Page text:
West Grove man finds success as football executive and sports agent
By Steven Hoffman
The West Virginia Roughriders battled the Carolina Energy in the American Arena League championship game last weekend, and there was a strong local connection.
Gregg Fornario, a West Grove resident and a 1992 graduate of Kennett High School, is an owner and general partner of the West Virginia Roughriders. The Roughriders defeated Carolina, 55-29, to win the 2019 championship, continuing the team’s remarkable run of success as an indoor football team. The Roughriders have compiled a 32-2 record overall since Fornario put a team in the league in 2016.
“It was a magical night,” Fornario said of his team’s title victory. “We were down early, 15-0, and came back to take the lead by halftime. And then we never looked back. There is no better feeling than winning a championship and completing an undefeated season, and I am so happy that I got to share this moment with my players and coaches.”
The team was undefeated during the 2017 regular season when the Roughriders played in Richmond. In 2018, the Roughriders were 7-1 and once again ranked among the best teams in the league. But when the City of Richmond decided to demolish the Richmond Coliseum where the Roughriders played their home games, the team moved to West Virginia—and didn’t miss a beat. The Roughriders compiled a 12-0 record on the way to reaching the league’s championship game. The victory in the June 29 title game was an exclamation point to a dominant season.
Fornario grew up in West Grove playing a number of different sports, including baseball, basketball, and football. He attended Kennett High School, which did not yet have a football team at the time. Still, Fornario loved the sport, especially the New York Jets because of his family’s ties to the New York area. After graduating from high school, Fornario knew that he wanted to pursue his love of sports in some way.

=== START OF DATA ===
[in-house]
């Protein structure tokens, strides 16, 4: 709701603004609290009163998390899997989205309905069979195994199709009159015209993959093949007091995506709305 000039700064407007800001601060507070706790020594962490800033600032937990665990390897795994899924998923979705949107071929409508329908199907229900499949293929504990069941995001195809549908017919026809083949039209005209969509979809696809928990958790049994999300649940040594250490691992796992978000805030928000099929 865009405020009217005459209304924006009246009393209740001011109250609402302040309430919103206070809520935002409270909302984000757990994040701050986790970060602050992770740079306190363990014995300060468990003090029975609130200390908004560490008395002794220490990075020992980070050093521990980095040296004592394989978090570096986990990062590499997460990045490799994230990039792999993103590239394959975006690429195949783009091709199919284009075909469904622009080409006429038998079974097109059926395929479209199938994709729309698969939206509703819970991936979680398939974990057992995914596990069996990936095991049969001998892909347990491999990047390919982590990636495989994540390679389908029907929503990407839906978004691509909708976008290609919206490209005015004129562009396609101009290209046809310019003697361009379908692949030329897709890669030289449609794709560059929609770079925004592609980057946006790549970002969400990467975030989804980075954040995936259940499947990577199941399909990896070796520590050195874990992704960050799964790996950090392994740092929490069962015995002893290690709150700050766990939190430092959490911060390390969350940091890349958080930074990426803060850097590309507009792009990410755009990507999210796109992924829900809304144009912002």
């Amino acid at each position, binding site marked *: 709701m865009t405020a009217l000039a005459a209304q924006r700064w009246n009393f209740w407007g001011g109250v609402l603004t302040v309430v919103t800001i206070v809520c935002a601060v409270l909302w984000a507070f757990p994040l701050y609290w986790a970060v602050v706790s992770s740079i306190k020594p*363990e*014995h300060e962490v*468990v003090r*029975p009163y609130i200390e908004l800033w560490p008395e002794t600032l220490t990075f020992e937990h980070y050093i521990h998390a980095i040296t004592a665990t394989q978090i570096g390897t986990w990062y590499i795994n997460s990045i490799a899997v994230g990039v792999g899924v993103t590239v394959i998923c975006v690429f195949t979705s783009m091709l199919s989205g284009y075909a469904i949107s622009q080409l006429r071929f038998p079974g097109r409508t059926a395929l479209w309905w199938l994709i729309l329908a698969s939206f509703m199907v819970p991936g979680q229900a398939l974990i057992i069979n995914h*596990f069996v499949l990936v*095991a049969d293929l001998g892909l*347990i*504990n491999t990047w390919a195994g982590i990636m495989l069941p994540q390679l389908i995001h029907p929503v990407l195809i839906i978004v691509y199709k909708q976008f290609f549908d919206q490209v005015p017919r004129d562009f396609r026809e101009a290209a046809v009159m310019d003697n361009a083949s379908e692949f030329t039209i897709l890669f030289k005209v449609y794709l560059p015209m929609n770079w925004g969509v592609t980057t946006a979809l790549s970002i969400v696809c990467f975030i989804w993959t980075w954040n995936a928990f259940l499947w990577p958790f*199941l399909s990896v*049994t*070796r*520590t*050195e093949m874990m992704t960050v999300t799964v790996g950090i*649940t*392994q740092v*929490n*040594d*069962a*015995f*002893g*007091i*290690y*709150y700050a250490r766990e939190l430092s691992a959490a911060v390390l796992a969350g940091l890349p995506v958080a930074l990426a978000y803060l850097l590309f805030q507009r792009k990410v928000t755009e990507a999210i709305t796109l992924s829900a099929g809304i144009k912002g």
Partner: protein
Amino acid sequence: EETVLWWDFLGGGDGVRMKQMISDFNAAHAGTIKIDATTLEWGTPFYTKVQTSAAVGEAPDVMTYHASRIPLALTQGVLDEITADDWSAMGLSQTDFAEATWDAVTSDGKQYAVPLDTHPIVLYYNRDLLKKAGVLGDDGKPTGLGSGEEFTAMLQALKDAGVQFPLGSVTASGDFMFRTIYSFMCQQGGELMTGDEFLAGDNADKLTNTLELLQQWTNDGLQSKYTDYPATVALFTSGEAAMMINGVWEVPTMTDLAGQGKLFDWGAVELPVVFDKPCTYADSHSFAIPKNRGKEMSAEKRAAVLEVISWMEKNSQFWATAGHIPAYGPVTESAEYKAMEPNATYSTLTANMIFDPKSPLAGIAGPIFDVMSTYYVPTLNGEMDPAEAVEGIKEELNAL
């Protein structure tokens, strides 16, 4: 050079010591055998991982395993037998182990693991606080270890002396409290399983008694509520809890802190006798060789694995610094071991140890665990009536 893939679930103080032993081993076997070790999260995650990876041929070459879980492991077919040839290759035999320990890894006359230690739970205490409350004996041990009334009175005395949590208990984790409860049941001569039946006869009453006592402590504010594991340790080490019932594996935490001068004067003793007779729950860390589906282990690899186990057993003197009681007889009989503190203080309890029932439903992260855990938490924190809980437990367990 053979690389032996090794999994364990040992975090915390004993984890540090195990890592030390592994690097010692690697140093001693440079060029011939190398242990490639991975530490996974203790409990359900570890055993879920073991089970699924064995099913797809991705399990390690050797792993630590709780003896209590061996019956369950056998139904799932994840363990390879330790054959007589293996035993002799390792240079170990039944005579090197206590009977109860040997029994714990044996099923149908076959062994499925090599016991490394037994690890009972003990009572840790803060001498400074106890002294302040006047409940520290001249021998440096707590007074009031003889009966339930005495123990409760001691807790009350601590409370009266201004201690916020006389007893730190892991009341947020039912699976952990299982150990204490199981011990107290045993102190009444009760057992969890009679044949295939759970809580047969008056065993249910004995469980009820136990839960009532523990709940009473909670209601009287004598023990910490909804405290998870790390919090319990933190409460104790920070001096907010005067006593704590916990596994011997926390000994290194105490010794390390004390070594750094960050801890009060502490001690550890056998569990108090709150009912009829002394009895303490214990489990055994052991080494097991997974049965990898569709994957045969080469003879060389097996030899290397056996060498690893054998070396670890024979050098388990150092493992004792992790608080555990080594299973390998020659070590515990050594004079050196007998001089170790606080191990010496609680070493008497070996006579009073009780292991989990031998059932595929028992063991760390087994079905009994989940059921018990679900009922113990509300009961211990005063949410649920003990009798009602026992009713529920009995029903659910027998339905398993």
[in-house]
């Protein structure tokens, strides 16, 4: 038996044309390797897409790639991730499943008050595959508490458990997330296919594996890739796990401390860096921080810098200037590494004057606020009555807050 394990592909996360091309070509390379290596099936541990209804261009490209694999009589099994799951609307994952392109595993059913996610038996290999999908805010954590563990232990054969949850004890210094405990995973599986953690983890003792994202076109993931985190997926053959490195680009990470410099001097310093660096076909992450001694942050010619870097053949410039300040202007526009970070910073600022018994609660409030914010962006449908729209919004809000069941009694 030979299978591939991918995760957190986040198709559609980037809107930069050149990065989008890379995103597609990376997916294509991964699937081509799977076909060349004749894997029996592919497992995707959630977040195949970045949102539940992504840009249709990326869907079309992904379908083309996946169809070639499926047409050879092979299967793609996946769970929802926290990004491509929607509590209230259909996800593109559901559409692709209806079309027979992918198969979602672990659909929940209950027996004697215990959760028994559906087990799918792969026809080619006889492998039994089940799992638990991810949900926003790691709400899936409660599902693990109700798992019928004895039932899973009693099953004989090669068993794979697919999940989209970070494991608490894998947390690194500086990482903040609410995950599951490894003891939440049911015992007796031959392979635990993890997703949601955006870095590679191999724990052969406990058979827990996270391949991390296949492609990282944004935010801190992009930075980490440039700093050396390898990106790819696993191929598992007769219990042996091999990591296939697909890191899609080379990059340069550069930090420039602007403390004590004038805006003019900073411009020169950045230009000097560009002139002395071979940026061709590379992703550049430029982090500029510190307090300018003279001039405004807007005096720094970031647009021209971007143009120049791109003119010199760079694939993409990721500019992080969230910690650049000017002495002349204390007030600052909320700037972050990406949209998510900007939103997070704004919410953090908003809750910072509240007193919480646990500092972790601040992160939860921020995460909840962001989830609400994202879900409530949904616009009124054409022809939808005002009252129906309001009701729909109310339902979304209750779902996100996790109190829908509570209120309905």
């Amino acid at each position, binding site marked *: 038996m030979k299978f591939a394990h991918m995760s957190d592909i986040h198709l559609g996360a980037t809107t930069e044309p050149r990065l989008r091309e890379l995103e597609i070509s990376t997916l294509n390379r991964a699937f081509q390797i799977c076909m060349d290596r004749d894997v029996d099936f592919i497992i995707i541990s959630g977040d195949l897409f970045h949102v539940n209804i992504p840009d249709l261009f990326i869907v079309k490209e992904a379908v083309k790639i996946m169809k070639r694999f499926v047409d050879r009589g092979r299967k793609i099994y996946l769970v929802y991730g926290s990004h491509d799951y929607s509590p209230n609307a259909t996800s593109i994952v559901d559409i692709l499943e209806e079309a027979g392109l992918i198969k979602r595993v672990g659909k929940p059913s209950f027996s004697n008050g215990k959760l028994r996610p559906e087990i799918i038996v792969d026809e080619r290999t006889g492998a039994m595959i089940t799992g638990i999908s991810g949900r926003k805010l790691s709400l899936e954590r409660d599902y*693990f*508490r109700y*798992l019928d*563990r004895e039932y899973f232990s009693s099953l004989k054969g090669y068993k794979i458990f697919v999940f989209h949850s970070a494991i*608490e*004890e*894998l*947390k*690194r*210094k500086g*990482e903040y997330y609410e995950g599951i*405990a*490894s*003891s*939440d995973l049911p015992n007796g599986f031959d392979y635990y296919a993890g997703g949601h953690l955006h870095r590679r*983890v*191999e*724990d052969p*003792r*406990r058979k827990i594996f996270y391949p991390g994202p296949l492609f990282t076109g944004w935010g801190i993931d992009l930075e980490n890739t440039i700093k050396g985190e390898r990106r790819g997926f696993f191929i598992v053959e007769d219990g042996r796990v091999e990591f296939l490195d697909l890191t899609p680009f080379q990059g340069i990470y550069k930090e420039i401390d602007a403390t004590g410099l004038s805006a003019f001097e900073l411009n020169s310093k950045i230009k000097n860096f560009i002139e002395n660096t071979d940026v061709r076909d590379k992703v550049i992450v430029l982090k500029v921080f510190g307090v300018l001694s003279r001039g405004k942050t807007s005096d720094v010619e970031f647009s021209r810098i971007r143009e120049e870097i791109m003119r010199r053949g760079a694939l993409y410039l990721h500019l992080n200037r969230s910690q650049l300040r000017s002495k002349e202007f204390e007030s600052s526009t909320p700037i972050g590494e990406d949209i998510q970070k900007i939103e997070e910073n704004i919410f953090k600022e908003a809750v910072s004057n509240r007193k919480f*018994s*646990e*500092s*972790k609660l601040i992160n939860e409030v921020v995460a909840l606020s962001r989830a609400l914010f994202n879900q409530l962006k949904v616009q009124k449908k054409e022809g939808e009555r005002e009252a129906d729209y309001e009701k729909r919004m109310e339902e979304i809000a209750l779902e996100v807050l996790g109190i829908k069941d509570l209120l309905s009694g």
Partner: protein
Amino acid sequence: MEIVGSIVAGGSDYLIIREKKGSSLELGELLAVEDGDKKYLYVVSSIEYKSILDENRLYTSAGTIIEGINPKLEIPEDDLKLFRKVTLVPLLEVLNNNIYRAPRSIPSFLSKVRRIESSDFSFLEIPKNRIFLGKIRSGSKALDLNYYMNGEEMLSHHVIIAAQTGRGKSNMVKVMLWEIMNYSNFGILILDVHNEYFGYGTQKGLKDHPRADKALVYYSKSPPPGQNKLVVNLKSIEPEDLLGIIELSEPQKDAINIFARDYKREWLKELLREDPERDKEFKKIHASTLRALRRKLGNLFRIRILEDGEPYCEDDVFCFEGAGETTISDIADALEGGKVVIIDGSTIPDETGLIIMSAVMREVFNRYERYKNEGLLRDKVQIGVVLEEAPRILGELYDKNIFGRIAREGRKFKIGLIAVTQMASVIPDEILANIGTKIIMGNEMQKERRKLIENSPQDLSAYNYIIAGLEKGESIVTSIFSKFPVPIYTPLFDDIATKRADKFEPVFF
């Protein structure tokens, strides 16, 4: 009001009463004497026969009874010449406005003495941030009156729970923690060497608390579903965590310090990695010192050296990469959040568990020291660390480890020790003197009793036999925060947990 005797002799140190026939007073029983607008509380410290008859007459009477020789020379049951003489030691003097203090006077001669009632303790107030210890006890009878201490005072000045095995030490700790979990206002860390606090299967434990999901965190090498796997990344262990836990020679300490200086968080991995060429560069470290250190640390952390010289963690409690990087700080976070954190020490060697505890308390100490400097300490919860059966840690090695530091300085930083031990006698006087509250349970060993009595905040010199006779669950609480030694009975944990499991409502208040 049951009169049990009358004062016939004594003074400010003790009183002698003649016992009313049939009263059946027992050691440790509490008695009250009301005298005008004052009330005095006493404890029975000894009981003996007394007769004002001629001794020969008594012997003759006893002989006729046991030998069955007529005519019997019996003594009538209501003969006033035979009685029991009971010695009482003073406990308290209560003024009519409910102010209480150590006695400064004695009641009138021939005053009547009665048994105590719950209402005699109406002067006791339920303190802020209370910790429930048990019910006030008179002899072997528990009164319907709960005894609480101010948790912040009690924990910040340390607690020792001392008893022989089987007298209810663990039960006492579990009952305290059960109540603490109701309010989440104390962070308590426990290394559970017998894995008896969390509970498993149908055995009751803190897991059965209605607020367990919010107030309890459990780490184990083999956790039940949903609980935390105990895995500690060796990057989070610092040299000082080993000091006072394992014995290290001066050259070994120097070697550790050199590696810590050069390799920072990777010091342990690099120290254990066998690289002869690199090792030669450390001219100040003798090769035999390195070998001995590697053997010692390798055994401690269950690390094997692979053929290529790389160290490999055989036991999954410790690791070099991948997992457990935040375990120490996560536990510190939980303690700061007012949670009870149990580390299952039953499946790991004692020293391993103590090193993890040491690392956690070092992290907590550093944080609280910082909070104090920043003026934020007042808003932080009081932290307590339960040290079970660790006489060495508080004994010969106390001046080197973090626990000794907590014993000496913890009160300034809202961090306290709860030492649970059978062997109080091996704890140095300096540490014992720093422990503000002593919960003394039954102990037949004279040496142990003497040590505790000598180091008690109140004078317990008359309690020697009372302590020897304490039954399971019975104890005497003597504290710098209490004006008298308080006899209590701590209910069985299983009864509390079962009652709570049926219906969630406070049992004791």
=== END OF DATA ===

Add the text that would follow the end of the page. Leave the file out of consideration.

“In 1995, because I loved football so much, I tried out for the Connecticut Coyotes, an arena football team,” Fornario explained.
At that time, players were asked to play on offense and defense for arena football teams. Fornario tried out as a linebacker and fullback. With his experience of running an arena football team, he now understands why he didn’t earn a spot on the Connecticut Coyotes back in 1995.
“There are all these great football players—former NFL players, guys who played at Division I, who are trying out for these teams,” he explained.
The tryout served as extra motivation for Fornario to build a career in sports. He started taking online courses and attending seminars so that he could be trained as a sports agent. He worked with numerous athletes and specialized in off-the-field marketing, arranging paid meet-and-greets, autograph sessions, fundraiser events, and endorsements deals for players.
Some of the athletes that he has worked with are very familiar to Philadelphia sports fans—most notably players like Brian Westbrook, David Akers, LeSean McCoy, and Duce Staley.
As a result of extensive mentoring by Dr. Lynn Lashbrook and Joel Corry, Fornario eventually became an agent advisor. In this role, his duties include agent regulations and player association legalities, contract negotiation, endorsements, sponsorships, ethics, collective-bargaining agreements, draft preparation, marketing and recruiting.